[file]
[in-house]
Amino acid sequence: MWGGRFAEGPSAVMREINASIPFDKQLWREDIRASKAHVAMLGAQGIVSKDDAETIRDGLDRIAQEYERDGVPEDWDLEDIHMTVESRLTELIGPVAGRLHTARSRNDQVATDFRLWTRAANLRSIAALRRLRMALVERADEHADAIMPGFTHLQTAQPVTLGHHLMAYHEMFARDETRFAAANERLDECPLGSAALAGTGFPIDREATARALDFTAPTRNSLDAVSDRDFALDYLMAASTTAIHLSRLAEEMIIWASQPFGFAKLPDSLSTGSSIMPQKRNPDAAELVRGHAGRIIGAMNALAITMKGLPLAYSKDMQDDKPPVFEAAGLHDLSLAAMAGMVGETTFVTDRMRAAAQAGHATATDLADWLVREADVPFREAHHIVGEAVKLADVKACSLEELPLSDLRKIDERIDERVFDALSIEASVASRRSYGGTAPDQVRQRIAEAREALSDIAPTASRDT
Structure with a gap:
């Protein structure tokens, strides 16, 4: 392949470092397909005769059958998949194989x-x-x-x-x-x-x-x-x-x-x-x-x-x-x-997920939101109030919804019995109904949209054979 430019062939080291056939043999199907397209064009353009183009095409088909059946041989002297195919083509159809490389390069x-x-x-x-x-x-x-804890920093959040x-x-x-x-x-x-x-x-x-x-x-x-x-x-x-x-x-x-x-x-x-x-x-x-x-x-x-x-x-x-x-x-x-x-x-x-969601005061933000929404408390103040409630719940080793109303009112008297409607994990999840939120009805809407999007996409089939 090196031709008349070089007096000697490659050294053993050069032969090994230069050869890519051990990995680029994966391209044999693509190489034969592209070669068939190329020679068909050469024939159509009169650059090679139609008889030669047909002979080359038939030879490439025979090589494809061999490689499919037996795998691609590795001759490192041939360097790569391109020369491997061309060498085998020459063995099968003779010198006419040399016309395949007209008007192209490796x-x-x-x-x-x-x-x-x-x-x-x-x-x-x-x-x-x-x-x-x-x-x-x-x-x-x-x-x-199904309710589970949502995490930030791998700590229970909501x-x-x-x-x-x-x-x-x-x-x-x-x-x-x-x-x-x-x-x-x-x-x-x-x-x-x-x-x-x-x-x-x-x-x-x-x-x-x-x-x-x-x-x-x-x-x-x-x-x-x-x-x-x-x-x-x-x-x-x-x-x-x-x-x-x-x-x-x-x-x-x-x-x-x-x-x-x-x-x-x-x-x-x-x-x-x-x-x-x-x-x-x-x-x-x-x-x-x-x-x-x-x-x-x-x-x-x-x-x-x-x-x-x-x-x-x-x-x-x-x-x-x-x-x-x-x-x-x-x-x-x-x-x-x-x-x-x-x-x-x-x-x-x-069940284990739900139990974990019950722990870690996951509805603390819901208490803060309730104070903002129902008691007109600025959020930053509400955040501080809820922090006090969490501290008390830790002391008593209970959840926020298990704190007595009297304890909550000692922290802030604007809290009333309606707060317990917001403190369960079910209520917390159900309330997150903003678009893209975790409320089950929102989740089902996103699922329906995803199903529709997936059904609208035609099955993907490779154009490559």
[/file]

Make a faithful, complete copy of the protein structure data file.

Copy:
[in-house]
Amino acid sequence: MWGGRFAEGPSAVMREINASIPFDKQLWREDIRASKAHVAMLGAQGIVSKDDAETIRDGLDRIAQEYERDGVPEDWDLEDIHMTVESRLTELIGPVAGRLHTARSRNDQVATDFRLWTRAANLRSIAALRRLRMALVERADEHADAIMPGFTHLQTAQPVTLGHHLMAYHEMFARDETRFAAANERLDECPLGSAALAGTGFPIDREATARALDFTAPTRNSLDAVSDRDFALDYLMAASTTAIHLSRLAEEMIIWASQPFGFAKLPDSLSTGSSIMPQKRNPDAAELVRGHAGRIIGAMNALAITMKGLPLAYSKDMQDDKPPVFEAAGLHDLSLAAMAGMVGETTFVTDRMRAAAQAGHATATDLADWLVREADVPFREAHHIVGEAVKLADVKACSLEELPLSDLRKIDERIDERVFDALSIEASVASRRSYGGTAPDQVRQRIAEAREALSDIAPTASRDT
Structure with a gap:
């Protein structure tokens, strides 16, 4: 392949470092397909005769059958998949194989x-x-x-x-x-x-x-x-x-x-x-x-x-x-x-997920939101109030919804019995109904949209054979 430019062939080291056939043999199907397209064009353009183009095409088909059946041989002297195919083509159809490389390069x-x-x-x-x-x-x-804890920093959040x-x-x-x-x-x-x-x-x-x-x-x-x-x-x-x-x-x-x-x-x-x-x-x-x-x-x-x-x-x-x-x-x-x-x-x-969601005061933000929404408390103040409630719940080793109303009112008297409607994990999840939120009805809407999007996409089939 090196031709008349070089007096000697490659050294053993050069032969090994230069050869890519051990990995680029994966391209044999693509190489034969592209070669068939190329020679068909050469024939159509009169650059090679139609008889030669047909002979080359038939030879490439025979090589494809061999490689499919037996795998691609590795001759490192041939360097790569391109020369491997061309060498085998020459063995099968003779010198006419040399016309395949007209008007192209490796x-x-x-x-x-x-x-x-x-x-x-x-x-x-x-x-x-x-x-x-x-x-x-x-x-x-x-x-x-199904309710589970949502995490930030791998700590229970909501x-x-x-x-x-x-x-x-x-x-x-x-x-x-x-x-x-x-x-x-x-x-x-x-x-x-x-x-x-x-x-x-x-x-x-x-x-x-x-x-x-x-x-x-x-x-x-x-x-x-x-x-x-x-x-x-x-x-x-x-x-x-x-x-x-x-x-x-x-x-x-x-x-x-x-x-x-x-x-x-x-x-x-x-x-x-x-x-x-x-x-x-x-x-x-x-x-x-x-x-x-x-x-x-x-x-x-x-x-x-x-x-x-x-x-x-x-x-x-x-x-x-x-x-x-x-x-x-x-x-x-x-x-x-x-x-x-x-x-x-x-x-x-x-069940284990739900139990974990019950722990870690996951509805603390819901208490803060309730104070903002129902008691007109600025959020930053509400955040501080809820922090006090969490501290008390830790002391008593209970959840926020298990704190007595009297304890909550000692922290802030604007809290009333309606707060317990917001403190369960079910209520917390159900309330997150903003678009893209975790409320089950929102989740089902996103699922329906995803199903529709997936059904609208035609099955993907490779154009490559």